Former President Donald Trump doesn’t have to be on the largest social media platforms to cause a big stir.
On the Truth Social platform he launched in February, the country’s 45th president reshared a post that included a comment from the president of El Salvador, highlighting how poisonous United States national politics have become under the Biden administration.
And as usual when Trump spoke, the political world was listening.
As Business Insider reported, Trump reposted a comment from another Truth Social user who included a screen shot of a comment by El Salvador’s President Nayib Bukele that hinted there was an “enemy within” the U.S. working to bring about the country’s downfall.
“The most powerful country in the world is falling so fast, that it makes you rethink what are the real reasons. Something so big and powerful can’t be destroyed so quickly, unless the enemy comes from within,” the Bukele quote read.
Above that, the user — under the screen name “MAGA King Thanos” — wrote the words “Civil war.”
Trump’s political opponents lost little time in publishing frantic responses — without ever addressing the substance of the quote.
Democratic Rep. Eric Swalwell, possibly best known for having an extremely close relationship with a suspected Chinese spy, used a Twitter post to accuse Trump of “calling for Civil War.”
The NeverTrumpers at The Lincoln Project claimed on Twitter that Trump was “advocating for Civil War. Again. This should never be normalized.”
And George Conway, a man whose only claim to public attention is the fact that he’s married to the accomplished Kellyanne Conway, who helped make Trump president, chimed in as well.
“Nothing to see here,” Conway wrote on a Twitter account outfitted with a fashionably ostentatious Ukraine flag — so everyone knows he’s on the good guys’ side everyone else is on. “Just a former president of the United States sharing a social media post advocating or predicting civil war in the United States. No biggie.”
But the two words in the post that Trump republished do not “advocate” civil war, or “call for it,” or even “predict” it. They could be read that way. They could just as easily be read as a description of what is already happening: The United States being attacked by an “enemy within.”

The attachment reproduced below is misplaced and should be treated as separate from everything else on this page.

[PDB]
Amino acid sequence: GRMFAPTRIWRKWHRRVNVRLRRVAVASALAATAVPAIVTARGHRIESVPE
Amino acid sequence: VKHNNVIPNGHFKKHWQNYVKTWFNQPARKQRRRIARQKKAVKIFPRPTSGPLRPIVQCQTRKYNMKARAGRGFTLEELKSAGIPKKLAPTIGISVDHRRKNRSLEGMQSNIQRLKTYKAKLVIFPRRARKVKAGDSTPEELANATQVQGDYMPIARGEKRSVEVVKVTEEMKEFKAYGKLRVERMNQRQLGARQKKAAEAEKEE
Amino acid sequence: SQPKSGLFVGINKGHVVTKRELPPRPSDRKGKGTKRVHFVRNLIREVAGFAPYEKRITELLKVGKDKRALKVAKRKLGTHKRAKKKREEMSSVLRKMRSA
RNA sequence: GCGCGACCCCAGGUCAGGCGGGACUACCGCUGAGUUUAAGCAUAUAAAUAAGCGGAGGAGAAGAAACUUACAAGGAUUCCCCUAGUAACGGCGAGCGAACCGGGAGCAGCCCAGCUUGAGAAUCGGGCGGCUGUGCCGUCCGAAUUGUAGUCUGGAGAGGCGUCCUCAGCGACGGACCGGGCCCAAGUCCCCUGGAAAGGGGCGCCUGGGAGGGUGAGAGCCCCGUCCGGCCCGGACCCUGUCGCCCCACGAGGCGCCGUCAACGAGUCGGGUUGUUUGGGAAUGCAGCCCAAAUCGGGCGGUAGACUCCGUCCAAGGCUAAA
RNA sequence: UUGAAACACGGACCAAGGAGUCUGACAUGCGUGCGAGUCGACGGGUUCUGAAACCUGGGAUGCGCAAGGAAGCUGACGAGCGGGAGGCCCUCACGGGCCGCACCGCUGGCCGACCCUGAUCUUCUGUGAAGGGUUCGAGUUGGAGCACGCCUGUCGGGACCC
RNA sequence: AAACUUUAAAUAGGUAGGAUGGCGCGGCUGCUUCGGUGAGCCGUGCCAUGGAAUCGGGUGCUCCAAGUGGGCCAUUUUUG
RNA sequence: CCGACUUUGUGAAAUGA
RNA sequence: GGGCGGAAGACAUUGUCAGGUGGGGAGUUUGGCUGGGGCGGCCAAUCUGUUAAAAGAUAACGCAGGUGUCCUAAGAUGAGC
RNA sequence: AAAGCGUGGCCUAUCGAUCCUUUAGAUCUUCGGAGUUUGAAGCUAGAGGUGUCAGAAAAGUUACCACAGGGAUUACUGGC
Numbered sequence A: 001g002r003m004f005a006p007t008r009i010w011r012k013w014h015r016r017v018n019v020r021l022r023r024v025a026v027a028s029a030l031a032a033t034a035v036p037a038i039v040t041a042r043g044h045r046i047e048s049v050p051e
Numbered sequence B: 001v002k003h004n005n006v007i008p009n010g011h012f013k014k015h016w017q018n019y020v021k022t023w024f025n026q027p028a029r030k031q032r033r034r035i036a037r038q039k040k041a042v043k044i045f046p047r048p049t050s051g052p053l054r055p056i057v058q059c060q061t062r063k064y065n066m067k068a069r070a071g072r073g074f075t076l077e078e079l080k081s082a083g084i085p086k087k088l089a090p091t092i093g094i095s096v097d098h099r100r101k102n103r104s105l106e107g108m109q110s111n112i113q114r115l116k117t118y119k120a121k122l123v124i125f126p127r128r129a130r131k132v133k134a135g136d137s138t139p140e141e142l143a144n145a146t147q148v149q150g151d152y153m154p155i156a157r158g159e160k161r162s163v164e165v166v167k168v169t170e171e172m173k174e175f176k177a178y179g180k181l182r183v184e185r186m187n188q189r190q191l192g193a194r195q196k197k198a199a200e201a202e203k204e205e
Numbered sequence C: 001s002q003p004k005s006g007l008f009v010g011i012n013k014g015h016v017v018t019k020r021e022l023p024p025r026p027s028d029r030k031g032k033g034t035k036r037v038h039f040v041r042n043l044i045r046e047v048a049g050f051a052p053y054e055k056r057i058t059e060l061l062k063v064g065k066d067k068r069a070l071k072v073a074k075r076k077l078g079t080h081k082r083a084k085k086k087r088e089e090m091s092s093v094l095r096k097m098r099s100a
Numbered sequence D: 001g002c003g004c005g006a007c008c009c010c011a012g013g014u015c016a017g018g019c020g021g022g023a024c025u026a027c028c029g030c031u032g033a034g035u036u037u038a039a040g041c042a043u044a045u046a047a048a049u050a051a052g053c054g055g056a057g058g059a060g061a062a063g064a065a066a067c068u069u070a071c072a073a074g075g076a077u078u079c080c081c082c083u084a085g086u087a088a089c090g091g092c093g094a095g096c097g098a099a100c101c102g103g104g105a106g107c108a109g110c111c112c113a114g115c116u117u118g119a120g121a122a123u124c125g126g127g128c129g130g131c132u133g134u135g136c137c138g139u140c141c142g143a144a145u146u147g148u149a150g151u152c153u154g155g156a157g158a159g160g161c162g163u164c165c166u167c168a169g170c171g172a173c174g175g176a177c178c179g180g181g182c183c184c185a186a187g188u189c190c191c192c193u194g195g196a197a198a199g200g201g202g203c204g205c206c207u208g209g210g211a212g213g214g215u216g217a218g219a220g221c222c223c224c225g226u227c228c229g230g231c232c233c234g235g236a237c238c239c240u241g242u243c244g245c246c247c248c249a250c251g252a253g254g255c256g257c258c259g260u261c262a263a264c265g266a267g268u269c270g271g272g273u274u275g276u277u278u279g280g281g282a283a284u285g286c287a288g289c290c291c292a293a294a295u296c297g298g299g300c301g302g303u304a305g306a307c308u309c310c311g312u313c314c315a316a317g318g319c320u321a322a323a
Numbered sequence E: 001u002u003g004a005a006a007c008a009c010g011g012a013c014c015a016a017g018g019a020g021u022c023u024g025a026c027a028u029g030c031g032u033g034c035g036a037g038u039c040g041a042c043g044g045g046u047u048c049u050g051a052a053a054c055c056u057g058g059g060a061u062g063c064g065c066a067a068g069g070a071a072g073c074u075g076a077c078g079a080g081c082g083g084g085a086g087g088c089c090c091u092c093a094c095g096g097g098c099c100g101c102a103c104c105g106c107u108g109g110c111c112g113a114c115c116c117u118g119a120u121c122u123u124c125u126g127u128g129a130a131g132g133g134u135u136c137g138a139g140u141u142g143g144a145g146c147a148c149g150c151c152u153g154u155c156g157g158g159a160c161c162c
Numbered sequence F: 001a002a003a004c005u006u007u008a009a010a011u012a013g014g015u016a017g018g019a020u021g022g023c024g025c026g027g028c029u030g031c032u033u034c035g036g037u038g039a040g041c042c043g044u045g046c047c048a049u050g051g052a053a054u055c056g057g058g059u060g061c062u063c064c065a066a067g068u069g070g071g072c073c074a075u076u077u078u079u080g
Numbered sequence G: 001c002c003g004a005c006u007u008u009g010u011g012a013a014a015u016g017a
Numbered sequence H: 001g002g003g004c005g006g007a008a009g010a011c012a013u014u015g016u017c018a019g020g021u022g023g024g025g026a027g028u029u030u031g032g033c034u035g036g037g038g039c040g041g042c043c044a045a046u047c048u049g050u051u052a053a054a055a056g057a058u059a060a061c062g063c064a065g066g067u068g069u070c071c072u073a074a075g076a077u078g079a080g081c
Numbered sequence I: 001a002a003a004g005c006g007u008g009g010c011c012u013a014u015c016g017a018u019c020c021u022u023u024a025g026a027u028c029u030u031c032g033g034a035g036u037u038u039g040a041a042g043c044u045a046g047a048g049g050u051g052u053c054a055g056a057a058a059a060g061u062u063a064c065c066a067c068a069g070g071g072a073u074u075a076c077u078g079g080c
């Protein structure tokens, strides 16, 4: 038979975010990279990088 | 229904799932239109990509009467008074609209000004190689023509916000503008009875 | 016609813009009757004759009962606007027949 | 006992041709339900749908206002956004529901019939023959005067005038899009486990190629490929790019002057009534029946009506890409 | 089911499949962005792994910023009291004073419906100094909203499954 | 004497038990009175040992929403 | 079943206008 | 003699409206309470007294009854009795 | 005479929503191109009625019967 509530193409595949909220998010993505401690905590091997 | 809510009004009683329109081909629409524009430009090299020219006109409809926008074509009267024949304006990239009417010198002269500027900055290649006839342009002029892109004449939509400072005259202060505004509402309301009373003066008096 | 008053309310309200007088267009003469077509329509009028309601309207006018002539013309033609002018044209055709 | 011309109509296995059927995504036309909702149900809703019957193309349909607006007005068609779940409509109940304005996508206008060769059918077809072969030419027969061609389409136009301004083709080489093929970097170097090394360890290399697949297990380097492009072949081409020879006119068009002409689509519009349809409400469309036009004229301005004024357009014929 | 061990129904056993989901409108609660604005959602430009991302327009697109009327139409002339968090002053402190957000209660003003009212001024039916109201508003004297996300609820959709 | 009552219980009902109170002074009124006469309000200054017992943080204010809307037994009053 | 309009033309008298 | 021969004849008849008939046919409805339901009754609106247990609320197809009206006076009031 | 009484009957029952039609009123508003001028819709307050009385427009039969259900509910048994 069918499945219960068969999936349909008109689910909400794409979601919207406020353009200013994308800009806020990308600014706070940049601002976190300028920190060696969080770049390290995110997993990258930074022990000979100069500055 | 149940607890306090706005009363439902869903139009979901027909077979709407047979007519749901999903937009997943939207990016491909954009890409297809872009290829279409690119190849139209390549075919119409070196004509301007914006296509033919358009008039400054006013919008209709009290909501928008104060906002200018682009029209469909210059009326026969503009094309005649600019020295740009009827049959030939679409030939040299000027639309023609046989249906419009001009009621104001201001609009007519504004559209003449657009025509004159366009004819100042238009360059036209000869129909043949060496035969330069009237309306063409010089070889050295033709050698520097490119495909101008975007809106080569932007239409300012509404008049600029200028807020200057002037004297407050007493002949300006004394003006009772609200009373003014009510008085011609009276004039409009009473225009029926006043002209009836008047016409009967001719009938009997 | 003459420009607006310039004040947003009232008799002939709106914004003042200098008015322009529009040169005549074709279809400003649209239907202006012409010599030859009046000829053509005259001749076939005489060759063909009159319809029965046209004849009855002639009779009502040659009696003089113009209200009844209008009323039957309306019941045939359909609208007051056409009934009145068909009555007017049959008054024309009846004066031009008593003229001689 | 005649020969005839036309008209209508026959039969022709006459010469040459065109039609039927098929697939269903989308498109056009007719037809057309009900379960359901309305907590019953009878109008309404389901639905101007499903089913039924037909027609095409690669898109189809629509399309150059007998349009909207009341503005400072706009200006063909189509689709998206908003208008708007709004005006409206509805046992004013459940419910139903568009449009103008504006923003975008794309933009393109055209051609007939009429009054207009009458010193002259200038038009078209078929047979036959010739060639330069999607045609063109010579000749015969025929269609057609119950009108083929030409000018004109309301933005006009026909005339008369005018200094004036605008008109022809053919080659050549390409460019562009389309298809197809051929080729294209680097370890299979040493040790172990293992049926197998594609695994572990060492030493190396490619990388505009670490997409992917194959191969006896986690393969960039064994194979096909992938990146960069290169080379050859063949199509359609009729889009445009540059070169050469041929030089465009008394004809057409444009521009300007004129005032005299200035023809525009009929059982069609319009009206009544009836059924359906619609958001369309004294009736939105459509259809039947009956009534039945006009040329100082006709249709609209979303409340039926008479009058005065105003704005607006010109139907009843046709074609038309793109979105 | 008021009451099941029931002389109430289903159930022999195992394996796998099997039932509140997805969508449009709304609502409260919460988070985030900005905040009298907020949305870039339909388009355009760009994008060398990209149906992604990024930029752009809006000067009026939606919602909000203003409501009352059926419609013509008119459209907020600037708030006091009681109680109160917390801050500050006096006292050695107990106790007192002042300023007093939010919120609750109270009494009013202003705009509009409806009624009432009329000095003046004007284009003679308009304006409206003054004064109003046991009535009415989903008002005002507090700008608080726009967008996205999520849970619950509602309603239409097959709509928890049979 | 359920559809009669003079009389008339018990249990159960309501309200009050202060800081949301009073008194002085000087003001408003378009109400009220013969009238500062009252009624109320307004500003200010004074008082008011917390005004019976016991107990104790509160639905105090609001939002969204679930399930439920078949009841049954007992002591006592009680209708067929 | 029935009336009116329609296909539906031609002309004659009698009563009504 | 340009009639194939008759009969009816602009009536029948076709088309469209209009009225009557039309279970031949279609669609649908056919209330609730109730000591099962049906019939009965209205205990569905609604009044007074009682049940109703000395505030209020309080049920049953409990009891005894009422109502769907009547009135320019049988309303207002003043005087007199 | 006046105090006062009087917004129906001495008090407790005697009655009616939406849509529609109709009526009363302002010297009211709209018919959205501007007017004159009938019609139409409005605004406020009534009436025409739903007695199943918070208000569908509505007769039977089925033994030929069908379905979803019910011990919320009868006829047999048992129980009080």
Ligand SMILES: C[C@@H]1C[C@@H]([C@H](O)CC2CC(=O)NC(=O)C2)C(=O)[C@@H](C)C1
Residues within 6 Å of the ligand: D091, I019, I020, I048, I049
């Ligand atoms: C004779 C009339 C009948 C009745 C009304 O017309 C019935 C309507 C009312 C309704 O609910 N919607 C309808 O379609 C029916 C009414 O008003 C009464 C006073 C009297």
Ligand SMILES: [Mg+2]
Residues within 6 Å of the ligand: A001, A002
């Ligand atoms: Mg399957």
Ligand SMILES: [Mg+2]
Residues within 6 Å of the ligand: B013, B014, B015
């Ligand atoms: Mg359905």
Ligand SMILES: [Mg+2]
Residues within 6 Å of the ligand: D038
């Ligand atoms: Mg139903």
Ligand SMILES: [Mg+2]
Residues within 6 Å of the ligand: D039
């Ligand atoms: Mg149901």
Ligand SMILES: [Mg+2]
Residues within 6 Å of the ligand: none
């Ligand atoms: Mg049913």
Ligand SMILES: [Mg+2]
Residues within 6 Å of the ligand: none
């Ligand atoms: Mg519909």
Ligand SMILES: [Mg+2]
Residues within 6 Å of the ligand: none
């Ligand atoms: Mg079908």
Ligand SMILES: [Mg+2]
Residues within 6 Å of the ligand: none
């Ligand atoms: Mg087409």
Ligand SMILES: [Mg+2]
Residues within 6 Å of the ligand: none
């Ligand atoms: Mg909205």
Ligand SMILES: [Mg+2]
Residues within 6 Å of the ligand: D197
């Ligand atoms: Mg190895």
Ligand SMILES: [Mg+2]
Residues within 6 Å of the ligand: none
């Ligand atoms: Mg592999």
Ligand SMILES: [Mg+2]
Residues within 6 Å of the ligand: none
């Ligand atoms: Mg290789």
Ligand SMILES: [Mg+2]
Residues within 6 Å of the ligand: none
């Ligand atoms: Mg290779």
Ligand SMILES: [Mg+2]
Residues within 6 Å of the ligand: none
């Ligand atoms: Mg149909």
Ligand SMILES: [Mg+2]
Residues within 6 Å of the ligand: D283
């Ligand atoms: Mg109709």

But the really key part of the Trump critics’ posts is that they didn’t address the fundamental issue Bukele highlighted:
During the Trump presidency — despite endless internal “scandals” raised by Democrats and the mainstream media and the opposition internationally from countries disappointed Hillary Clinton didn’t win in 2016 — the U.S. was a different country, on the cusp of a recovery from the coronavirus pandemic, energy independent, with at least some southern border security, forging peace among intractable enemies in the Middle East and leaning on NATO allies to contribute more to their own defense in a Europe that was then more or less at peace.
Less than two years later, with Biden in the White House, the country is being racked by soaring inflation, Americans are at the mercy of foreign nations and soaring gas prices, the border is a disaster, there’s a war in Eastern Europe and NATO nations are scrambling amid the hard proofs of the present day that military might is necessary to preserve the peace.
The Bukele post highlighted how quickly President Joe Biden’s presidency has reduced the United States’ standing and made the salient point: “Something so big and powerful can’t be destroyed so quickly, unless the enemy comes from within.”
The Trump critics didn’t respond to that at all.
When the November midterms arrive, American voters will have a chance to give their answer. There’s a good chance Eric Swalwell and George Conway aren’t going to like it.
Reporting from The Western Journal.